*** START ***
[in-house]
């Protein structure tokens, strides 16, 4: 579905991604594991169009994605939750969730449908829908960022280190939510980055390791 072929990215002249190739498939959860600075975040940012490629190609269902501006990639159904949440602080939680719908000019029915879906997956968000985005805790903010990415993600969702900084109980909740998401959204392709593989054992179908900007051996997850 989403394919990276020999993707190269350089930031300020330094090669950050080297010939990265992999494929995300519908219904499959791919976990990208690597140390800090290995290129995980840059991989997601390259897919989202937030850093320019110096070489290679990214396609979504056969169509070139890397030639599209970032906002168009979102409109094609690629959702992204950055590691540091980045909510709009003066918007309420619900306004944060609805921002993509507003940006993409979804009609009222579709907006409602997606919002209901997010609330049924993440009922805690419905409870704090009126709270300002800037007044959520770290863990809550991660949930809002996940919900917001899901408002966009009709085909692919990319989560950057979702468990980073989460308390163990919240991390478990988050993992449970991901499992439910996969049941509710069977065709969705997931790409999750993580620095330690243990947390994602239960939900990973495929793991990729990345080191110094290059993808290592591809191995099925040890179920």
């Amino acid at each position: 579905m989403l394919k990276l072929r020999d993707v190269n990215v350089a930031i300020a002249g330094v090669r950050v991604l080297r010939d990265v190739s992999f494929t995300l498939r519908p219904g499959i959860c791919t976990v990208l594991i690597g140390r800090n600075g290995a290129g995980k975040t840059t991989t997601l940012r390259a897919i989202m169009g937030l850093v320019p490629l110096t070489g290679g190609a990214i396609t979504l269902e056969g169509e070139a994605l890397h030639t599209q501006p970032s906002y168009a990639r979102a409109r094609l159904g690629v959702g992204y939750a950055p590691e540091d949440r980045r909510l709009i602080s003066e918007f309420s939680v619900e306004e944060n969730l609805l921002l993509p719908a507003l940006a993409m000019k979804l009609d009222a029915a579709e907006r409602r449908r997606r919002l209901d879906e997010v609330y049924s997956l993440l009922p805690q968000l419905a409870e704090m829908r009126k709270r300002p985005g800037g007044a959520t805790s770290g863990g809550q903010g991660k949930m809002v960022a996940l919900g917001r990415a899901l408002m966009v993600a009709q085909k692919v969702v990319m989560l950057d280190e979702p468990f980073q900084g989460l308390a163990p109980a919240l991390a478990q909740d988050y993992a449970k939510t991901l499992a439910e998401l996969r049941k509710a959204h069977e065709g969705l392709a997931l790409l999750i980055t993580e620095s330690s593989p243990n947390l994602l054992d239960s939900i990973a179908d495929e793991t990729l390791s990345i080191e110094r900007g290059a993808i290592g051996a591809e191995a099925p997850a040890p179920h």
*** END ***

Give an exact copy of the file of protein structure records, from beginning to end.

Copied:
[in-house]
């Protein structure tokens, strides 16, 4: 579905991604594991169009994605939750969730449908829908960022280190939510980055390791 072929990215002249190739498939959860600075975040940012490629190609269902501006990639159904949440602080939680719908000019029915879906997956968000985005805790903010990415993600969702900084109980909740998401959204392709593989054992179908900007051996997850 989403394919990276020999993707190269350089930031300020330094090669950050080297010939990265992999494929995300519908219904499959791919976990990208690597140390800090290995290129995980840059991989997601390259897919989202937030850093320019110096070489290679990214396609979504056969169509070139890397030639599209970032906002168009979102409109094609690629959702992204950055590691540091980045909510709009003066918007309420619900306004944060609805921002993509507003940006993409979804009609009222579709907006409602997606919002209901997010609330049924993440009922805690419905409870704090009126709270300002800037007044959520770290863990809550991660949930809002996940919900917001899901408002966009009709085909692919990319989560950057979702468990980073989460308390163990919240991390478990988050993992449970991901499992439910996969049941509710069977065709969705997931790409999750993580620095330690243990947390994602239960939900990973495929793991990729990345080191110094290059993808290592591809191995099925040890179920």
């Amino acid at each position: 579905m989403l394919k990276l072929r020999d993707v190269n990215v350089a930031i300020a002249g330094v090669r950050v991604l080297r010939d990265v190739s992999f494929t995300l498939r519908p219904g499959i959860c791919t976990v990208l594991i690597g140390r800090n600075g290995a290129g995980k975040t840059t991989t997601l940012r390259a897919i989202m169009g937030l850093v320019p490629l110096t070489g290679g190609a990214i396609t979504l269902e056969g169509e070139a994605l890397h030639t599209q501006p970032s906002y168009a990639r979102a409109r094609l159904g690629v959702g992204y939750a950055p590691e540091d949440r980045r909510l709009i602080s003066e918007f309420s939680v619900e306004e944060n969730l609805l921002l993509p719908a507003l940006a993409m000019k979804l009609d009222a029915a579709e907006r409602r449908r997606r919002l209901d879906e997010v609330y049924s997956l993440l009922p805690q968000l419905a409870e704090m829908r009126k709270r300002p985005g800037g007044a959520t805790s770290g863990g809550q903010g991660k949930m809002v960022a996940l919900g917001r990415a899901l408002m966009v993600a009709q085909k692919v969702v990319m989560l950057d280190e979702p468990f980073q900084g989460l308390a163990p109980a919240l991390a478990q909740d988050y993992a449970k939510t991901l499992a439910e998401l996969r049941k509710a959204h069977e065709g969705l392709a997931l790409l999750i980055t993580e620095s330690s593989p243990n947390l994602l054992d239960s939900i990973a179908d495929e793991t990729l390791s990345i080191e110094r900007g290059a993808i290592g051996a591809e191995a099925p997850a040890p179920h």